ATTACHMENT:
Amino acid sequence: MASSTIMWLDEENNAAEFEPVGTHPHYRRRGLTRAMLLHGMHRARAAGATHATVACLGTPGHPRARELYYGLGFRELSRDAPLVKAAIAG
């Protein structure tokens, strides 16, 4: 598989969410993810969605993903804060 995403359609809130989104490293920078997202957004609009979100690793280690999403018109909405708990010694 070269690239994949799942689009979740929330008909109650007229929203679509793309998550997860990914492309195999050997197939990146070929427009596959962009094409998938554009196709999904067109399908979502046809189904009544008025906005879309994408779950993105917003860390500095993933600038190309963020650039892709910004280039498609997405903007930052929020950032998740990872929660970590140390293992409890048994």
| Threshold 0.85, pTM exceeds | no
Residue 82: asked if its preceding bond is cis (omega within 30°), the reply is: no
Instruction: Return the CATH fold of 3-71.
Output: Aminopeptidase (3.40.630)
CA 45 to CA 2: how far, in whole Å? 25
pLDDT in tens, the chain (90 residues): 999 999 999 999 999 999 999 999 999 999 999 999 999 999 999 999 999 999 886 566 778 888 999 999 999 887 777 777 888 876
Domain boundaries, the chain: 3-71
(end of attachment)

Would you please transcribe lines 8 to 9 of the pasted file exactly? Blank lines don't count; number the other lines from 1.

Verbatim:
pLDDT in tens, the chain (90 residues): 999 999 999 999 999 999 999 999 999 999 999 999 999 999 999 999 999 999 886 566 778 888 999 999 999 887 777 777 888 876
Domain boundaries, the chain: 3-71